Correct aseptic preparation and storage of agar plates away from light and heat is necessary to protect them from contamination, dehydration and degradation of chemical constituents.
Setting of agar plates: Agar plates when poured should be allowed to set undisturbed at room temperature. It is best practice that when completely set and cooled to room temperature that they should be stored stacked upside down in sealed plastic bags in the fridge at 4 °C. It is a good idea to reuse the plastic bags from which the sterile Petri dishes came from for storage. Storage this way will prevent:
- Condensation that develops on the lid from dripping onto the agar surface which is a potential source of contamination.
- Moisture loss which leads to the agar drying out and
- Protection from light and heat that can lead to chemical degradation.
Minimising condensation: It is also important to minimise the amount of condensation that is produced. Excess accumulation of condensation on the lids of agar plates occurs when steam is trapped inside the Petri dish when the lid has been replaced when agar is poured at high temperatures. A significant reduction in the amount of condensation can be achieved by allowing the sterilized agar to cool to 50°C–55°C before pouring. A water bath set at 50°C is useful to store bottles of molten agar to maintain the optimal temperature prior to pouring plates. Remember agar solidifies at around 42°C. When pouring molten agar from a bottle held in a water bath at 50°C the moisture adhering to the outside of the bottle must be wiped off before pouring the agar as it is not sterile and if left may drip into the sterile agar.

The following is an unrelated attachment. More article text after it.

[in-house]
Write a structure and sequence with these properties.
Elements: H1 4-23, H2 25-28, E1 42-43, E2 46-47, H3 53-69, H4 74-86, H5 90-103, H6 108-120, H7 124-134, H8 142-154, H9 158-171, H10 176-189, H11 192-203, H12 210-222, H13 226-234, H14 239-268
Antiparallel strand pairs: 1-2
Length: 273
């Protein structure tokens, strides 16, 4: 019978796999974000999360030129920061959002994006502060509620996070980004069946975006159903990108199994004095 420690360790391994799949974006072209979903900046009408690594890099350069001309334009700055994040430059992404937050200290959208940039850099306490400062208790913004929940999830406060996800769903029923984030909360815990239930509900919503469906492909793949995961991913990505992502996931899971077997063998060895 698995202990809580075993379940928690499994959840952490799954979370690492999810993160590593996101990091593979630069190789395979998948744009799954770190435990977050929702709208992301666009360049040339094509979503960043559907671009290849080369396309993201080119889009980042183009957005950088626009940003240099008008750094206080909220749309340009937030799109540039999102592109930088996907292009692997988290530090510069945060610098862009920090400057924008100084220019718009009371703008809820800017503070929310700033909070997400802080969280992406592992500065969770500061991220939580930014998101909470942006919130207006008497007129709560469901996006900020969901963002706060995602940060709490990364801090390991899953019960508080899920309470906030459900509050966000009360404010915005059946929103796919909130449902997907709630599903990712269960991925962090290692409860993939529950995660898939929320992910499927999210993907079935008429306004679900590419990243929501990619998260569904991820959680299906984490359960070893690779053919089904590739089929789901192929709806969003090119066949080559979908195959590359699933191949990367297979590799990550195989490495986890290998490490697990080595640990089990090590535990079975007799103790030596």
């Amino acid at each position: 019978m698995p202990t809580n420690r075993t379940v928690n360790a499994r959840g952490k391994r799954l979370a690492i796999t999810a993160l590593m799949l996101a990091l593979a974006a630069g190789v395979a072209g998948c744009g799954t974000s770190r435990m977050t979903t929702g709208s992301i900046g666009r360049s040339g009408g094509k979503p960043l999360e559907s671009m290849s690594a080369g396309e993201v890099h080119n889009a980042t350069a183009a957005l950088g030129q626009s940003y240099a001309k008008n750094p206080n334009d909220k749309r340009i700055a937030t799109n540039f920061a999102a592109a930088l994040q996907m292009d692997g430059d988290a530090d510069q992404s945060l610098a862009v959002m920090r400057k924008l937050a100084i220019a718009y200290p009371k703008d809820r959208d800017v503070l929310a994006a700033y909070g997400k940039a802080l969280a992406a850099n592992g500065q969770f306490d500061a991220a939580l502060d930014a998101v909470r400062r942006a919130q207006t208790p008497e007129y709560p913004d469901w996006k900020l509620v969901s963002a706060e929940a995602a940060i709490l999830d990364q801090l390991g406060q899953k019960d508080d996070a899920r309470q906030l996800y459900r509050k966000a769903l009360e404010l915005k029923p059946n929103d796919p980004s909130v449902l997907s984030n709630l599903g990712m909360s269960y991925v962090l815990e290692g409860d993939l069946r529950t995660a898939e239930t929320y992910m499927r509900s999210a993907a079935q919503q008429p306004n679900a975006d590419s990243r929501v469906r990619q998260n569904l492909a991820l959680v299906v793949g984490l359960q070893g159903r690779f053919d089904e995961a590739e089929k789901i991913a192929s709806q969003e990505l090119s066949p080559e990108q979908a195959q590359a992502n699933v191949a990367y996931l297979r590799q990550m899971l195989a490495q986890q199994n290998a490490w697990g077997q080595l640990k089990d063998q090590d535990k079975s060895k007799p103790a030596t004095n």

Storage of prepared agar plates: The type of agar used will determine the length of time that it can be stored in the fridge1. The recommended media for use in schools is a general-purpose nutrient media such as Nutrient agar. This type of agar plate should be stored at 4 °C and used within a month of preparation. Any longer and the agar can begin to dry out. Thinner plates will dry out faster. Any loss of moisture can be visually detected by the appearance of shrinkage away from the plate and macroscopic cracks that develop in the agar.
Storage of inoculated agar plates: Inoculated agar plates are also incubated and stored upside down to prevent condensation dropping onto the agar surface (a potential source of contamination) and causing isolated colonies to spread into each other. Following incubation storage of inoculated plates at 4 °C will slow down the growth of cultures allowing you to show students a 1-2 day growth if lessons are a week apart.
Science ASSIST has developed a guideline for best practice for microbiology in Australian school see: GUIDELINES for best practice for microbiology in Australian schools
References and further reading:
1 ‘Storage of Reconstituted Sterile Media and Poured Plates’, Thermo Scientific Oxoid website, http://www.oxoid.com/au/blue/techsupport/its.asp?itsp=faq&faq=tsfaq007&cat=culture+media%2C+supplements+and+raw+materials&lang=EN&c=UK (Accessed August 2018)
Hoffmann, Sheryl K. 1999. Microbiology Safety Considerations. Southern Biological website, http://file.southernbiological.com/Assets/Products/Specimens/Microbiolog...
Science ASSIST. 2017. GUIDELINES for best practice for microbiology in Australian schools, Science ASSIST website, https://assist.asta.edu.au/resource/4196/guidelines-best-practice-microbiology-australian-schools
Society for General Microbiology. 2006. Basic Practical Microbiology – A Manual. Microbiology Online website, http://www.microbiologyonline.org.uk/file/ca2189fba3b39d24c5a44c1285d008...